Prof. Ilan Pappe, Exeter University. E-mail: email@example.com
February 24, 2012
by Dexter Van Zile, CAMERA
It took several years for historian Ilan Pappe to respond to a challenge about a quote he attributed to Israel's first Prime Minister, David Ben-Gurion.
In 2006, historian Benny Morris declared that a quote that Pappe had broadcast (“The Arabs will have to go, but one needs an opportune moment for making it happen, such as war”) was “an invention, pure and simple.”
It took several years, and a direct challenge to the Ethics Committee at the University of Exeter, where Pappe teaches, but eventually the truth came out.
In 2006, Pappe provided a total of three sources for the quote, none of which checked out.
In 2012, he provided a fourth citation, and that source says exactly the opposite of what Pappe says it does.
The conclusion is inescapable. Benny Morris was right. The quote Pappe attributed to Ben-Gurion, was an invention, pure and simple.
Another Quote, Another Invention?
Well, it is time for Pappe to provide the source for yet another quote, this one attributed to Sir Walter Shaw, chairman of the commission charged with investigating the 1929 riots.
The full title of this body, typically referred to as “The Shaw Commission,” is the “Commission on the Palestine Disturbances of August, 1929.” This commission issued its report in 1930.
On page 248 of The Rise & Fall of A Palestinian Dynasty: The Husaynis 1700-1948, Pappe reports the following: “‘The principal cause [of the riots]”, Shaw wrote after leaving the country, ‘was twelve years of pro-Zionist policy.'”
Again, historian Benny Morris has challenged this quote. In 2011 Morris wrote:
It is unclear what Pappe is quoting from. I did not find this sentence in the commission's report. Pappe's bibliography refers, under “Primary Sources,” simply to “The Shaw Commission.” The report? The deliberations? Memoranda by or about? Who can tell? The footnote attached to the quote, presumably to give its source, says, simply, “Ibid.” The one before it says, “Ibid., p. 103.” The one before that says, “The Shaw Commission, session 46, p. 92.” But the quoted passage does not appear on page 103 of the report. In the text of Palestinian Dynasty, Pappe states that “Shaw wrote [this] after leaving the country [Palestine].” But if it is not in the report, where did Shaw “write” it?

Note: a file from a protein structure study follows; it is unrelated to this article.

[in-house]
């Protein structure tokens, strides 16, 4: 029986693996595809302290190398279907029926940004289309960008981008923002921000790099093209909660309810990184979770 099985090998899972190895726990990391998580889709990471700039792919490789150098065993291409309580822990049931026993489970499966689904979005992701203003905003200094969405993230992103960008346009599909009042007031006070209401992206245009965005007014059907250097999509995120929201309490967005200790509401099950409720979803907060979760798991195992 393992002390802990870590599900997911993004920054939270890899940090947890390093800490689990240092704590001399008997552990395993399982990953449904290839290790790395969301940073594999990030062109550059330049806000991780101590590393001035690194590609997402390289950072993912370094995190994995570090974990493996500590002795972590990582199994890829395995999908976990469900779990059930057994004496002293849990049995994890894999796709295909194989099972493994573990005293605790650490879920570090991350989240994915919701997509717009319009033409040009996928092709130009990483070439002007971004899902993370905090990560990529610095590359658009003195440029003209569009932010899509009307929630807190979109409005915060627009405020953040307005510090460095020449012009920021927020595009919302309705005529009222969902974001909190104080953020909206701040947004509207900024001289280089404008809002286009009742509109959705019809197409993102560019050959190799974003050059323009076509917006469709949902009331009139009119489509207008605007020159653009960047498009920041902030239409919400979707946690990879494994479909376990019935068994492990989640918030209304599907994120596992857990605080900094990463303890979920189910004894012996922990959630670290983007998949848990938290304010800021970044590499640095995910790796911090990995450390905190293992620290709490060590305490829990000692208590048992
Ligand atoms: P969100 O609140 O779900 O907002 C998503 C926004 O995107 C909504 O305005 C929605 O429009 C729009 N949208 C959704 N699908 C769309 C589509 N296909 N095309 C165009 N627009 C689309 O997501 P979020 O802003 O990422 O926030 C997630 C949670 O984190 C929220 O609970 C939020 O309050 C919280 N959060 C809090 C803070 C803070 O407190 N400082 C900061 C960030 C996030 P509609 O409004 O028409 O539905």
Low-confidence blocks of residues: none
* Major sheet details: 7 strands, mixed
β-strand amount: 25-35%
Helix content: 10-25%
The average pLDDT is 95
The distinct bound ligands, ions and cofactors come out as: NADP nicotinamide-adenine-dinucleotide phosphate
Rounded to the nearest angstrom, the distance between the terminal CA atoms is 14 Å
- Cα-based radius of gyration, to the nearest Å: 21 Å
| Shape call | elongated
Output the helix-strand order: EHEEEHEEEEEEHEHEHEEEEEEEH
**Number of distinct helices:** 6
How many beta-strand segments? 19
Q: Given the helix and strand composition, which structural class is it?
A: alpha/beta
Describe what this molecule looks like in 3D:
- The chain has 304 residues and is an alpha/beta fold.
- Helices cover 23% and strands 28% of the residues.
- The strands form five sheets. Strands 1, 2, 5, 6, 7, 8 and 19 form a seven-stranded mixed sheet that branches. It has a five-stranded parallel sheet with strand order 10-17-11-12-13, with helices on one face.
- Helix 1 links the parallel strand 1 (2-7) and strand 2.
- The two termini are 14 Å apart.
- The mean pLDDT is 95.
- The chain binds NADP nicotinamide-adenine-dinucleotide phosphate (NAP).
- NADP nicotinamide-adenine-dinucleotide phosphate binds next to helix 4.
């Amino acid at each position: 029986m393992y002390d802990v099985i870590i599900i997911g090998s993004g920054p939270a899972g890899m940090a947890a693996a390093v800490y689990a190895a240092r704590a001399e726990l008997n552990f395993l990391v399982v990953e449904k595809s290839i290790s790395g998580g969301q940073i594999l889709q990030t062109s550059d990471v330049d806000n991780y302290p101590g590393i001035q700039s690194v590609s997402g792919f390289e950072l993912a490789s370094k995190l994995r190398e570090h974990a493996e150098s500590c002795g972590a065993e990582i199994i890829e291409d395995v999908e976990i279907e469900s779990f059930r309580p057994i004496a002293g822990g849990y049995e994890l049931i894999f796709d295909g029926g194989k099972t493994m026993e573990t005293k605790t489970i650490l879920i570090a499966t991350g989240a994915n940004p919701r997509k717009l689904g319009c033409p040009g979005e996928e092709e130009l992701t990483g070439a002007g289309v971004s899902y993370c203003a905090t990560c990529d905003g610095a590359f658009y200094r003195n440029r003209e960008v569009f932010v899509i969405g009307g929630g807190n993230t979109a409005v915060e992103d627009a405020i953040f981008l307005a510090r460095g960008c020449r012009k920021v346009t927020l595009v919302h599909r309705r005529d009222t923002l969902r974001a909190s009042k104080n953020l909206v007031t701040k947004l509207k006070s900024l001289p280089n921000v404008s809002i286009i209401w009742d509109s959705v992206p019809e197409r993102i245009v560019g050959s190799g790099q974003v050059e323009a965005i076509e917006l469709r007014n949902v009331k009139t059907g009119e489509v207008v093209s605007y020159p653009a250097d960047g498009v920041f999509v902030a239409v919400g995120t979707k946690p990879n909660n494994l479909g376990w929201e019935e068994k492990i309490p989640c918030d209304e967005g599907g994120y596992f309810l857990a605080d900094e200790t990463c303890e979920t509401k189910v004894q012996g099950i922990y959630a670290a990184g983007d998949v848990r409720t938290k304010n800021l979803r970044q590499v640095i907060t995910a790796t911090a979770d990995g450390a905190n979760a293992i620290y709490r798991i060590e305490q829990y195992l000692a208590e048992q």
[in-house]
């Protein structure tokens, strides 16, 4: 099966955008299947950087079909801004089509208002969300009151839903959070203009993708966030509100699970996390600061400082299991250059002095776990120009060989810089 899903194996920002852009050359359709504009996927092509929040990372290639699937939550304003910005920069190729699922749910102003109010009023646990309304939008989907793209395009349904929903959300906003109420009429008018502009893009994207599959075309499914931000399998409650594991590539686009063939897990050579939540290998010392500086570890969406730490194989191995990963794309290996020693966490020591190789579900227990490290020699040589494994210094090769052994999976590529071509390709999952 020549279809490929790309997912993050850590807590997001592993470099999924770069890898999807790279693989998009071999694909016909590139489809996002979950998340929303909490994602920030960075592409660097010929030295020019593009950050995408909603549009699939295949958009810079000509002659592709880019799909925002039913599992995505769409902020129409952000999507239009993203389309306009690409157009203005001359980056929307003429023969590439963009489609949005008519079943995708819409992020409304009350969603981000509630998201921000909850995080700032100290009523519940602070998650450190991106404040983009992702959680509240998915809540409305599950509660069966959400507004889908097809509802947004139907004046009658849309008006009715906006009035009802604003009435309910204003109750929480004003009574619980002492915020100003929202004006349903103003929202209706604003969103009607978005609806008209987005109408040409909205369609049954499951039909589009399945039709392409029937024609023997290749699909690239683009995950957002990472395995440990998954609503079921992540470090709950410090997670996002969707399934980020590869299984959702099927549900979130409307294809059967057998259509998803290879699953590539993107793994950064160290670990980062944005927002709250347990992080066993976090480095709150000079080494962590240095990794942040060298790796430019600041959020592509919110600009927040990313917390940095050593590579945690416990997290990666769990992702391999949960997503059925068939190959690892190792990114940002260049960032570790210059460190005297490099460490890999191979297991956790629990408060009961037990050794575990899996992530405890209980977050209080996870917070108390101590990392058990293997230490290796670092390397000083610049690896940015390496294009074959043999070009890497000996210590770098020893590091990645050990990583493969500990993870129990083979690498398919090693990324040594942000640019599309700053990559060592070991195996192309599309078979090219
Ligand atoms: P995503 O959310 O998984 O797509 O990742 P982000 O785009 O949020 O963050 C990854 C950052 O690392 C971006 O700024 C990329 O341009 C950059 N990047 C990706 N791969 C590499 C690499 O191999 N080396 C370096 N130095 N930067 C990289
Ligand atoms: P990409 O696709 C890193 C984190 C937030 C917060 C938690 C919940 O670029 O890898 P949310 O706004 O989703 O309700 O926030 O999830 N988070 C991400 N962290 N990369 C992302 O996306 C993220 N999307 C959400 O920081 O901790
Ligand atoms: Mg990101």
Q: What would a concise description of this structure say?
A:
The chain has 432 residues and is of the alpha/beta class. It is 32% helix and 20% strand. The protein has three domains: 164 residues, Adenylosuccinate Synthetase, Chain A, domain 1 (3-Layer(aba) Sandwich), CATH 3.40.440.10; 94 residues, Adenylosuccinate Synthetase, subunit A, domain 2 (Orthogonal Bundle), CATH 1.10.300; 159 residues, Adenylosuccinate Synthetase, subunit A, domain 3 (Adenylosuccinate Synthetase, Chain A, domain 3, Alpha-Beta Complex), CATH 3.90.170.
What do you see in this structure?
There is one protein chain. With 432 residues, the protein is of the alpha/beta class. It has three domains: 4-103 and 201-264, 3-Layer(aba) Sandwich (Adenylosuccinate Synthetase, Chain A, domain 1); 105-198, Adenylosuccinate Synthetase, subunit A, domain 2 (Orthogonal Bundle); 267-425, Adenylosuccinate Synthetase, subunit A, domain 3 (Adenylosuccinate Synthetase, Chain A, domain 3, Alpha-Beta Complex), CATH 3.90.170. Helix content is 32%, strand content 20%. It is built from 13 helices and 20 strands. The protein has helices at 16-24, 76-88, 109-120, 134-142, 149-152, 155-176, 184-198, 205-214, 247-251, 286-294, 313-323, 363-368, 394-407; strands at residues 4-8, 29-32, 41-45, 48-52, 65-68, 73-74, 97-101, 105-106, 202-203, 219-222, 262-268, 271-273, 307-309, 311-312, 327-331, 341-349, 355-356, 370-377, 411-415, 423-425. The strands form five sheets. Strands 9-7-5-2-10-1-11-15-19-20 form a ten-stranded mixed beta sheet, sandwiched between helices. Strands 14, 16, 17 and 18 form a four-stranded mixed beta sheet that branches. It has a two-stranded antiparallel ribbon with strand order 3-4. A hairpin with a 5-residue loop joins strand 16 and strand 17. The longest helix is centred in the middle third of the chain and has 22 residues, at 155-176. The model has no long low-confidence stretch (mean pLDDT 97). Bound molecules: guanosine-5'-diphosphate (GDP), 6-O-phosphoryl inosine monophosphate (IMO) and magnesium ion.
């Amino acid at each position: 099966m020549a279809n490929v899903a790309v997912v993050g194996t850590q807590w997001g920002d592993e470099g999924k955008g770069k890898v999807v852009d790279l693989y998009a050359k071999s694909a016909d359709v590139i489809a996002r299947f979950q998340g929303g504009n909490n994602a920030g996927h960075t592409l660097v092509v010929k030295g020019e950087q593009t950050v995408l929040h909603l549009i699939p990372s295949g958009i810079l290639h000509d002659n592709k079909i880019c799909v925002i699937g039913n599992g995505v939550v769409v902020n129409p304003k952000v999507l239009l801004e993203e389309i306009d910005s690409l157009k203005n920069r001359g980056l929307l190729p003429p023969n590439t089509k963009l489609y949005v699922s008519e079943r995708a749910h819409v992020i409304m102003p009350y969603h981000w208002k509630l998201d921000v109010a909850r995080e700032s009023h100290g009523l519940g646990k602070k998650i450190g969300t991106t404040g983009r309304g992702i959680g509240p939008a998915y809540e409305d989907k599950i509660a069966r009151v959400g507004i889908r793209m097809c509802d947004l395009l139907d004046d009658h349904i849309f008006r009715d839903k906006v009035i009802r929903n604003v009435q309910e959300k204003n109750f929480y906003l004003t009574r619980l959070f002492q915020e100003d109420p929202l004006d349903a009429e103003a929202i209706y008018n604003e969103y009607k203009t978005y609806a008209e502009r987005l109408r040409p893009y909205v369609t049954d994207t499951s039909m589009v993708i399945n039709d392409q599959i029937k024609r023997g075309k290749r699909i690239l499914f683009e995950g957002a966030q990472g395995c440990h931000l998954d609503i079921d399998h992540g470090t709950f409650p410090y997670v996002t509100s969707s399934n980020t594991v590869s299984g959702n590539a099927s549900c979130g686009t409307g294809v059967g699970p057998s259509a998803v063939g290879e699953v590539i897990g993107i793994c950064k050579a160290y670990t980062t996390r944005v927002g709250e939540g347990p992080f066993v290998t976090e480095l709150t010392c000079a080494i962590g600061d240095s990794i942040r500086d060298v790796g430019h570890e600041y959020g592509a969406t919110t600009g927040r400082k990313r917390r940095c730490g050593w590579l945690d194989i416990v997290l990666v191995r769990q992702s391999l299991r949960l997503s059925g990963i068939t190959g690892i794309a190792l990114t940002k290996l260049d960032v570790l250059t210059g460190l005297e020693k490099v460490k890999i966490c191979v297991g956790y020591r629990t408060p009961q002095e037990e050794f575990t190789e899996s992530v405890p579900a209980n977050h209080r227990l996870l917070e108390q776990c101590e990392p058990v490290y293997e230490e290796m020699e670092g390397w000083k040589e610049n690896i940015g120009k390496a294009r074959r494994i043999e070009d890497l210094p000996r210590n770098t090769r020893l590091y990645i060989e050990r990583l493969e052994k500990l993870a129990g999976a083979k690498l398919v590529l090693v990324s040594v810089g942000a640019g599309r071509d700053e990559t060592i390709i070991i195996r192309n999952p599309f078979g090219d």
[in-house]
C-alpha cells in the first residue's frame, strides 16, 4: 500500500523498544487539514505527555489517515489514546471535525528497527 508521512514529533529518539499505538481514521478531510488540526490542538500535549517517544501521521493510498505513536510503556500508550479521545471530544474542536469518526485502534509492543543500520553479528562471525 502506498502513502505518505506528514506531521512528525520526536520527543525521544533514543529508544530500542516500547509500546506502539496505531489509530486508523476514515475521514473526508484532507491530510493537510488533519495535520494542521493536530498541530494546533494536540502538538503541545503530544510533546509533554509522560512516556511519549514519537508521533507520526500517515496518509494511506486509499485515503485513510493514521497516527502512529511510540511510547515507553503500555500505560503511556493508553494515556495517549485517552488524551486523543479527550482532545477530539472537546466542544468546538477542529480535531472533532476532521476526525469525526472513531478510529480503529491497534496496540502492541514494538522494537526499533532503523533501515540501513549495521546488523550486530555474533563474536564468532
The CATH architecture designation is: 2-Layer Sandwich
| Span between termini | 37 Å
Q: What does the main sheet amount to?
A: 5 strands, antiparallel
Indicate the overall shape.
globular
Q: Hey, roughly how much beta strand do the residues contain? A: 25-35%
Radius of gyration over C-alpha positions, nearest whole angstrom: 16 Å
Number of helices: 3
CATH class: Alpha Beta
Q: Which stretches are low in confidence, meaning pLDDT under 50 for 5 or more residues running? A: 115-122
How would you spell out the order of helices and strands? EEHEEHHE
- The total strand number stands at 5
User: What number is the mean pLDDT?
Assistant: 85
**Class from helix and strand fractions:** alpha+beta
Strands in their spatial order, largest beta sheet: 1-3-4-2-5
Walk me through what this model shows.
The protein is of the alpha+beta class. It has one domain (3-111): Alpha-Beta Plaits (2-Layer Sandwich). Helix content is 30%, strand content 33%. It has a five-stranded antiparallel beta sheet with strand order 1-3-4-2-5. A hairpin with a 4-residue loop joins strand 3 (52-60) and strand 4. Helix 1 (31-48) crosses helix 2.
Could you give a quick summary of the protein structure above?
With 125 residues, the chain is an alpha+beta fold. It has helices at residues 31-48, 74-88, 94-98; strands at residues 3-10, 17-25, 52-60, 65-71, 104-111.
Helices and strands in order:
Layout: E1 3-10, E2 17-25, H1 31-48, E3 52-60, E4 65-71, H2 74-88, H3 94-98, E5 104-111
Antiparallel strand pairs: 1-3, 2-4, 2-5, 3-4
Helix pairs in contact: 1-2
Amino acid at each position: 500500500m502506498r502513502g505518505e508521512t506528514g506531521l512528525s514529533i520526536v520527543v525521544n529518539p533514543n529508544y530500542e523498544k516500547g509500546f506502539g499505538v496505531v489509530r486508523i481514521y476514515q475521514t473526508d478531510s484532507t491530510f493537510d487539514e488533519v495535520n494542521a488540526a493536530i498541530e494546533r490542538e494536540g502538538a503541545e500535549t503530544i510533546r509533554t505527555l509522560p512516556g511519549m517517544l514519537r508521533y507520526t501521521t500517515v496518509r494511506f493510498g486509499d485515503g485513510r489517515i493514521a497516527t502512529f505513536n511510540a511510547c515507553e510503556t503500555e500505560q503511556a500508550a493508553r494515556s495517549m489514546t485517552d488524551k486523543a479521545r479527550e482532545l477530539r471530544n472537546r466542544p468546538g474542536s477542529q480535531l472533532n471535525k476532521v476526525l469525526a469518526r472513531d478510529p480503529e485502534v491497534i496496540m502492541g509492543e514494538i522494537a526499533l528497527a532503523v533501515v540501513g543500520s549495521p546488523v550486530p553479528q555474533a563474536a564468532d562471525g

Looking at the citation Pappe provides and the Shaw Commission's report, it appears that Pappe is referring to the deliberations of the Shaw Commission, not the report itself.
“Session 46,” appears to be a reference to a meeting of the Shaw Commission that heard testimony from leaders in Palestine. This meeting took place on December 26, 1929, where the commission heard the closing speech from the Palestine Arab Executive.
A list of these meetings was included in an appendix to the Shaw Commission's report. According to this list, there were a total of 47 public meetings of the Shaw Commission, so this was the second-to-last public meeting.
As stated in a previous CAMERA article, the record of a proceeding held in Palestine would be an odd place to find a quote from Sir Walter Shaw written sometime “after leaving the country.”
Nevertheless, it's important to let the historical record speak for itself.
The proceedings of these meetings were compiled and issued in two volumes by the British government in 1930.
The first volume contains the proceedings of the first 29 public meetings of the Shaw Commission.
The second volume contains the proceedings of the last 17 meetings of the commission and some of the other evidence gathered by the commission.
An index to the first two volumes was compiled in a third.
CAMERA has inspected the record for the 46th meeting of the Shaw Commission (included in volume two) and looked for the quote in question.
The document in question includes both the morning and afternoon sessions of the Shaw Commission's meetings for Dec. 26, 1929.
CAMERA also inspected pages 92 and 103 of the first volume of the Shaw Commission's evidence, just in case Pappe got confused as to where the quote actually appeared.
The quote Pappe attributed to Sir Walter Shaw is not in any of these locations.
We are confronted with some familiar questions:
What is the correct source for this quote?
Did Sir Walter Shaw actually write the words attributed to him, or is this another invention similar to the quote Pappe falsely attributed to David Ben-Gurion in 2006?